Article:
As I noted in the story, Old Turkey Feathers remained unloaded for this adventure. That is not to say that a traditional woodsman might wish to stop for a little marksmanship check, but I knew my before-work time travel was limited and the scout would be short. And traditional hunters must also comply with all game regulations, which in some states, limits carrying a loaded arm out of season.
From time to time I speak of “measured compromise” as a means to overcome the inevitable intrusions associated with 18th-century simulations set on a 21st-century stage. The essence of the principle is to nurture a mental attitude that weighs, or measures, the importance of each intrusion, then seeks a suitable solution, or compromise, that minimizes a situation’s impact on the historical integrity of the simulation.
With practice, a crushed soda can or a deflated Mylar birthday balloon encountered in the heat of a traditional black powder hunting scenario become invisible to the living historian. They still physically exist beside the trail or tangled in a tree’s limbs, but they mentally do not exist in the historical reality of the Old Northwest Territory.
Most often, my comments or scribblings address the successes of applying measured compromise, but there are times when, no matter how hard a person tries, the attempt fails. That early-August morning is a case in point, and it demonstrates the importance the mind plays in each sojourn.
The intent of the outing was to start the day with that fresh, renewed vitality just a few minutes outdoors gives the soul, and I came away with that feeling. Rare is the morning or evening when a quick, ten-minute walk fails to charge my batteries for the tribulations daily life presents. But as always, one of the purposes of these scouts is to allow the mind to slip away to 1794, and even with my best effort, that didn’t happen.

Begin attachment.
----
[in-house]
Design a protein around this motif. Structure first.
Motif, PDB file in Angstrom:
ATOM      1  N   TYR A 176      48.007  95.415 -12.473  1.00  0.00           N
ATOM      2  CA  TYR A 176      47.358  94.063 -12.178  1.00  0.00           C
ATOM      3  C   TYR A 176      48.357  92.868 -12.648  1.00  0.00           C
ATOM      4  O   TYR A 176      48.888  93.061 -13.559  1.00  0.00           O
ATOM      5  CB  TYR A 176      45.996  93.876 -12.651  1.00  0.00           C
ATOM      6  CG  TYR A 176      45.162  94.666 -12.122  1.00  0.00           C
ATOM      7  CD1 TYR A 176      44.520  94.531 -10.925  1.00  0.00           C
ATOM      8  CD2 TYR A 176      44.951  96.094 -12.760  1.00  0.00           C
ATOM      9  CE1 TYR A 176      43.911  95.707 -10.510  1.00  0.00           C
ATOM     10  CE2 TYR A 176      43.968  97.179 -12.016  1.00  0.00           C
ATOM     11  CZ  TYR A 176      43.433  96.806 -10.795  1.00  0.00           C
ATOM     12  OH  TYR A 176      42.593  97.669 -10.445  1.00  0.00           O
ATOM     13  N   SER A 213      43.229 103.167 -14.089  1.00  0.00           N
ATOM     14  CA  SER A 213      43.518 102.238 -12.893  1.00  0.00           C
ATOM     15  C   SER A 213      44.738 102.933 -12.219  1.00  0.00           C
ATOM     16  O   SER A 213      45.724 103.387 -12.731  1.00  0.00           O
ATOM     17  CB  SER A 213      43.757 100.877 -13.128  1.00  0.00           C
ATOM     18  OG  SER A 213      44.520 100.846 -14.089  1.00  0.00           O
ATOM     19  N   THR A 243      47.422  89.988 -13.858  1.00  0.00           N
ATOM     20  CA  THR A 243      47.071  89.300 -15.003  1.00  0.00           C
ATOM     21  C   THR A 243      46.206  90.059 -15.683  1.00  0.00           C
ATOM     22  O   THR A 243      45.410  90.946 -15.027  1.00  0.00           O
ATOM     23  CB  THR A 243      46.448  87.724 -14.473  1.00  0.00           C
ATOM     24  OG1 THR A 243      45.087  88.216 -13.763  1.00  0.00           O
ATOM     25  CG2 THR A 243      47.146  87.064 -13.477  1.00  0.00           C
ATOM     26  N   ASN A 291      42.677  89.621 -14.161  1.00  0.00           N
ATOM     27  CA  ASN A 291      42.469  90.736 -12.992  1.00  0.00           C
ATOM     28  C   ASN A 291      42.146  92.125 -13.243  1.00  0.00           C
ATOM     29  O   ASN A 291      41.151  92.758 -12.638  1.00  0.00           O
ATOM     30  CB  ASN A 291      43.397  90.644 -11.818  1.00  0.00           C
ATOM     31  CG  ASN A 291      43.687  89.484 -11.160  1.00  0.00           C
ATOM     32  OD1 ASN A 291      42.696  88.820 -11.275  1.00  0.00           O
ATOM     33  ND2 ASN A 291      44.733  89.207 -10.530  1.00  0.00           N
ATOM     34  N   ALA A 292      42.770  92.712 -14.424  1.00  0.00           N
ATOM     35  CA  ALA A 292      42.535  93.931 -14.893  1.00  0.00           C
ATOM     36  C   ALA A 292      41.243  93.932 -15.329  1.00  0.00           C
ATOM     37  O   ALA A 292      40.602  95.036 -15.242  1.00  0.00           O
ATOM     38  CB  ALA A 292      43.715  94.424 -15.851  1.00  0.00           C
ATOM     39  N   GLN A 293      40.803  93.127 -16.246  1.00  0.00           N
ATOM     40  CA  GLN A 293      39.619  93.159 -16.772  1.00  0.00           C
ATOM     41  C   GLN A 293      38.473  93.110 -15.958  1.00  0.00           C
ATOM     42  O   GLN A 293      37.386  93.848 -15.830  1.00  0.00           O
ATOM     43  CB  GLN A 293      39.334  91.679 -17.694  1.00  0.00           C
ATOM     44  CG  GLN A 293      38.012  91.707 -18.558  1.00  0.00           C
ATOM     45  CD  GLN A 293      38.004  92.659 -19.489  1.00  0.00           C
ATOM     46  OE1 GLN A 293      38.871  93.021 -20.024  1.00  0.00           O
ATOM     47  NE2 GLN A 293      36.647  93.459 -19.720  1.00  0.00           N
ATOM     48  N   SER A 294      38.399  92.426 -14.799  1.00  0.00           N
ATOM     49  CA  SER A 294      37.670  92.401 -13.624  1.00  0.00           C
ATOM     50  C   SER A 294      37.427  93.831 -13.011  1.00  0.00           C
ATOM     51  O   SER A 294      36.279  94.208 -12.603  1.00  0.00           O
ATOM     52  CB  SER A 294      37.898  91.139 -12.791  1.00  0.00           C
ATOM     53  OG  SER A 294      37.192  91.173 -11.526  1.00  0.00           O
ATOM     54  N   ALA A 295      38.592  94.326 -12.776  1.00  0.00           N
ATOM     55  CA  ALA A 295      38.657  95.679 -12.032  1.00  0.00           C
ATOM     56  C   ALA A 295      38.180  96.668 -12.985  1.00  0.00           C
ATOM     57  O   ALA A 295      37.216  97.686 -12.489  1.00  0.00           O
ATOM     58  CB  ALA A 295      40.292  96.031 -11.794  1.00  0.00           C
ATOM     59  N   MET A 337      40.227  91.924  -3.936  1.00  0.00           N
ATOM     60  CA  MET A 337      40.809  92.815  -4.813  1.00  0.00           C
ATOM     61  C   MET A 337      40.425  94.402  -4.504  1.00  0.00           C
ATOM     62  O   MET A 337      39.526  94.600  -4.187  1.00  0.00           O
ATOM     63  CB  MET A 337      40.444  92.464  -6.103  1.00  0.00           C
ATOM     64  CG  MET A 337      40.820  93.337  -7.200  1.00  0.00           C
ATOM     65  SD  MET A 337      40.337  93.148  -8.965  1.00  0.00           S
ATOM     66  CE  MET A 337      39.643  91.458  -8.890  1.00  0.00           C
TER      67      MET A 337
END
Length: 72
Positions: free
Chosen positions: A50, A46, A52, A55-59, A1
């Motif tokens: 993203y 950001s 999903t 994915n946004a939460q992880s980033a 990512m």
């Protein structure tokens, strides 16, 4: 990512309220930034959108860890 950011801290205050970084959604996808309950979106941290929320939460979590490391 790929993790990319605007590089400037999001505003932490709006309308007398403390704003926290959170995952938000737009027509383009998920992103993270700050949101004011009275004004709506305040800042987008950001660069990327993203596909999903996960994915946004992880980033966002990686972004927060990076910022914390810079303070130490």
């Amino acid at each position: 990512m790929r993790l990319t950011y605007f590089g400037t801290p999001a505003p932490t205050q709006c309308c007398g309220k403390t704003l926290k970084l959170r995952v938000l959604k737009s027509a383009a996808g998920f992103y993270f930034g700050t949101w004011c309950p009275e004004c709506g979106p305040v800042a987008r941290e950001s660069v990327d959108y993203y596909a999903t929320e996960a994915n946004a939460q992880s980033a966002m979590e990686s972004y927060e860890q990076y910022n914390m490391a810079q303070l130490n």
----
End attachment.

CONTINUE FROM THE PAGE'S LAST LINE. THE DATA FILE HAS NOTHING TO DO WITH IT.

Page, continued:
And therein lays the untold story of measured compromise and the role the mind plays in shutting out all elements that don’t belong in a given historical simulation. It is the mind which must suspend disbelief and render the modern world’s markers invisible. It is the mind that must first believe time travel is possible. And it is the mind that ultimately recognizes the relationship between “what is” and “what was” and establishes that deep feeling of kinship between the living historian and the woodsmen of old. The mind is the gatekeeper for history’s portal. But, as it was on that August morn, the mind must be able to free itself of the perceived enormity of today’s responsibilities and demands, and when it cannot, thoughts of modern existence overpower those of 18th-century woodland life. In such circumstances time travel becomes impossible.
This phenomenon is nothing to be ashamed of; it is quite common among living historians and traditional black powder hunters. I share this story in hopes other traditional hunters might realize that all historical simulations are not successful and that time’s threshold is not always crossed. That does not mean a troubled soul cannot attain that comforting feeling of peace the outdoors offers. It only means it was not possible to travel back to one’s 18th-century Eden at that particular moment. Perhaps on the next outing…
Give traditional black powder hunting a try, be safe and may God bless you.